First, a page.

I've been fortunate, while helping tell this awful story, to see these beacons of light - in the golden retrievers who came to Newtown to cheer up grieving citizens, in the California man who bought the town 100 cups of coffee sparking a random act of kindness movement, and in the endless tributes on television honoring those who died.

By Warren Haynes dedicating, "Imagine," to the Connecticut victims at his Annual Christmas Jam.


There is a sign that has been put up all over Newtown that reads, "We are Sandy Hook. We choose love."

At 9:30am EST tomorrow, I will pause for a moment of silence and reflection for the victims of Sandy Hook. And I am going to do my very best, in the memory of all of the precious souls who lost their life that day, to choose more love.   Now.  A week from now.  Years from now.

Won't you join me?

Perhaps together we can, as President Obama said, "Make this world worthy of their memory."

  Moment of Silence for Sandy Hook Victims on Dec. 21

Find out how you can help the victims of Newtown here.

Thursday, December 13, 2012


Last weekend, Trish, Momo and I went to Scott's Antique Market. This was the second time I'd ever been to Scott's, which comes to town the first weekend of every month.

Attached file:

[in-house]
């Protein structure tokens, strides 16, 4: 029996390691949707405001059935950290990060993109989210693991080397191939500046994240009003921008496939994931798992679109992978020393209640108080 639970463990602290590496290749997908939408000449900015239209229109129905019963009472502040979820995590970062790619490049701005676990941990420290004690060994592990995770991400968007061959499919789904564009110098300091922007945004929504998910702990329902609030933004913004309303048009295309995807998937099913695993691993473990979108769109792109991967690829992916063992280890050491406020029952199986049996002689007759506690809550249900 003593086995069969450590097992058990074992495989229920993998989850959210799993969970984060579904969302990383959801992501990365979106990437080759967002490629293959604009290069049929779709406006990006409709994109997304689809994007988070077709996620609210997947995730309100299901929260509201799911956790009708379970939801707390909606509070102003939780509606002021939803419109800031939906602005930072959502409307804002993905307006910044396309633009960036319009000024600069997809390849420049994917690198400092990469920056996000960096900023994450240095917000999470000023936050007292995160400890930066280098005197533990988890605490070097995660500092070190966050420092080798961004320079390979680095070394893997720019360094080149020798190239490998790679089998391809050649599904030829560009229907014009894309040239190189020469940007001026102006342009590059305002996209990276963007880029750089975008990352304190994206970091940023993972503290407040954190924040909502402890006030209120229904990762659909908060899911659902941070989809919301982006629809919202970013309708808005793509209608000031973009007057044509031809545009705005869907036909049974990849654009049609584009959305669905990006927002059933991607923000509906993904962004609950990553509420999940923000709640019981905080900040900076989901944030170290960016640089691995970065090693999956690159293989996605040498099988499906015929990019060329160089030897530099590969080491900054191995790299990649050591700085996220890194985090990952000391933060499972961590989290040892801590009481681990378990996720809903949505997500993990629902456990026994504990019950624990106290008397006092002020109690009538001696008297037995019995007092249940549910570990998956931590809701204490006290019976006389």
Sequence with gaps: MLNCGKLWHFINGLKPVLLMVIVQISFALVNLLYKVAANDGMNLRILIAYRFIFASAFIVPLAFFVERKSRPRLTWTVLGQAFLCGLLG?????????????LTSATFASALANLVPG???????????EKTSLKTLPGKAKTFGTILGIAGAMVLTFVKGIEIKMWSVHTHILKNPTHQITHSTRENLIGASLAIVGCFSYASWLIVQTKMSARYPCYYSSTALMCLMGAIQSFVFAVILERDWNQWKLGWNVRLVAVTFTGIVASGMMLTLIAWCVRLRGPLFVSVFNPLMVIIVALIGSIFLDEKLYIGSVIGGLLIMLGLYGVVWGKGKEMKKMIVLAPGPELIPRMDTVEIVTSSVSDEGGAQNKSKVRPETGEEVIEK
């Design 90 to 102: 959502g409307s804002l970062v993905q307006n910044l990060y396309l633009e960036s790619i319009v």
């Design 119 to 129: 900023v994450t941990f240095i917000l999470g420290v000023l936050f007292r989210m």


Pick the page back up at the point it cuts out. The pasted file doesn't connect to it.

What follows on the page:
According to their website, Scott's is, "America's Favorite Treasure Hunt."  They couldn't be more accurate with that description.
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Walking through the rows of beautiful furniture and collectibles made me want to buy five houses just so I could decorate them.

I settled for a Christmas present for someone else (picture not included).

If you live in Atlanta, or close to Atlanta, if you own a home, are thinking about buying a home, or renting an apartment or simply laying your head somewhere, or just want to take pretty pictures of gorgeous things, I highly suggest you run, don't walk to Scott's.

Call me.  I'll take you. 

Friday, December 7, 2012

my little miracle baby.

As suspected, the response over my new iPhone has been overwhelmingly positive.

Funeral Guy, who would prefer it if I started calling him by his real name, Jacob, shook his head at me (he does that a lot) when I told him that I couldn't wait to see the looks on my naysayers faces when I told them I'd joined the 21st century.

"I'm Instagramming!," I said, "They're gonna freak."

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I don't think he could quite grasp that anyone would care this much about my phone.

But I knew they would.  And I was right.  

"Your texts are blue - does that mean what I think it means?"

"You got an iPhone?!?!?!?!  OMGGGGGGGGGGGG."